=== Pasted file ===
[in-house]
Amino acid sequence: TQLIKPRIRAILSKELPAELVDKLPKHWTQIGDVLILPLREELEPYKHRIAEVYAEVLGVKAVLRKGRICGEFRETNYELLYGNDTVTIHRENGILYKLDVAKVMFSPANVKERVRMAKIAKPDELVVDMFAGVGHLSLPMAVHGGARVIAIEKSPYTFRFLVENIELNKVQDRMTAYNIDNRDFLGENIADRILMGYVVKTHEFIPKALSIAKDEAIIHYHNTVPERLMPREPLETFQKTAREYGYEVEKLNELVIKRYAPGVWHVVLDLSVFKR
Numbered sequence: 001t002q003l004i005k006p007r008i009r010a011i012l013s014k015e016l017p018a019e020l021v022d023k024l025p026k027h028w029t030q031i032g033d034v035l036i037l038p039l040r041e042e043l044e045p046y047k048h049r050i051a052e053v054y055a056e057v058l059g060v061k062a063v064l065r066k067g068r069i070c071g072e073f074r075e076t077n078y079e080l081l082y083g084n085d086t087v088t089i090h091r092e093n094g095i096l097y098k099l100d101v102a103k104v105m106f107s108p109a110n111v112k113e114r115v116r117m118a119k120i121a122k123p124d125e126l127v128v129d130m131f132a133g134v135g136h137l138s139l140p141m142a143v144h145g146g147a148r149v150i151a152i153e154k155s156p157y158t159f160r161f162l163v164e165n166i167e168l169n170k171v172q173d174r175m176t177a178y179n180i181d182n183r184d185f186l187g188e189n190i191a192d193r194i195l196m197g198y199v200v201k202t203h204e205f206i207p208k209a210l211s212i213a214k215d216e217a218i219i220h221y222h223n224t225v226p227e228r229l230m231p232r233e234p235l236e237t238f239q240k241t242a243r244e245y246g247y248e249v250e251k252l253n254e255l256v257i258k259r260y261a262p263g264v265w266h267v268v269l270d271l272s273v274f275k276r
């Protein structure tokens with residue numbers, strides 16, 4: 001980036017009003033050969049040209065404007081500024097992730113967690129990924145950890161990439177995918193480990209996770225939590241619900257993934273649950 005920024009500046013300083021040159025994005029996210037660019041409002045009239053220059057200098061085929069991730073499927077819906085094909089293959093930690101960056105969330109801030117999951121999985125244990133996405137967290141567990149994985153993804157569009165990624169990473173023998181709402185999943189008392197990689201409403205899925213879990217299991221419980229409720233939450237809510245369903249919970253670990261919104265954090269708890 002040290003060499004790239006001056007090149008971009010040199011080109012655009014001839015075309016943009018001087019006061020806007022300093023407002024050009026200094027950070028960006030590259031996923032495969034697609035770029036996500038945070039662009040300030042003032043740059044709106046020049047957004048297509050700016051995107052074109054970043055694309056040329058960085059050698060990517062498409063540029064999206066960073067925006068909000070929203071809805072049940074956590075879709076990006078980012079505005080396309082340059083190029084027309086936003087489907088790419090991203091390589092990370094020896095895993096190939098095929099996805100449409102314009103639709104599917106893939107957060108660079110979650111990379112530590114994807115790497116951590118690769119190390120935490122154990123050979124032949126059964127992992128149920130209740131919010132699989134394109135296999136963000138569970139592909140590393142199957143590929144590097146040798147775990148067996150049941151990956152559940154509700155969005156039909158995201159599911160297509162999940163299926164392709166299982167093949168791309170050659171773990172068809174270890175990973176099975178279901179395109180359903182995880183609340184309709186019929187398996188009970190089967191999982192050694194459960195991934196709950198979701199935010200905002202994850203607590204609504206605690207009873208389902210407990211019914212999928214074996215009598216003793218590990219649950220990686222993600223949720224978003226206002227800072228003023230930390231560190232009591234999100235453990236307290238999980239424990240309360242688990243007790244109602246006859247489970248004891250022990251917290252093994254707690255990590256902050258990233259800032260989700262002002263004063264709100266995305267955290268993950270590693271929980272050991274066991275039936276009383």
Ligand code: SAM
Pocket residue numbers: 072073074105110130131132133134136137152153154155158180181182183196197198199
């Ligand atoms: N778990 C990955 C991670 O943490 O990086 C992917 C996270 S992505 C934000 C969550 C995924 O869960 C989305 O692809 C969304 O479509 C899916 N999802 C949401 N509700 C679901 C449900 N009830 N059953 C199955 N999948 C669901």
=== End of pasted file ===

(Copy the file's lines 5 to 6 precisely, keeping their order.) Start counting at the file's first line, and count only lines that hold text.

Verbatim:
Ligand code: SAM
Pocket residue numbers: 072073074105110130131132133134136137152153154155158180181182183196197198199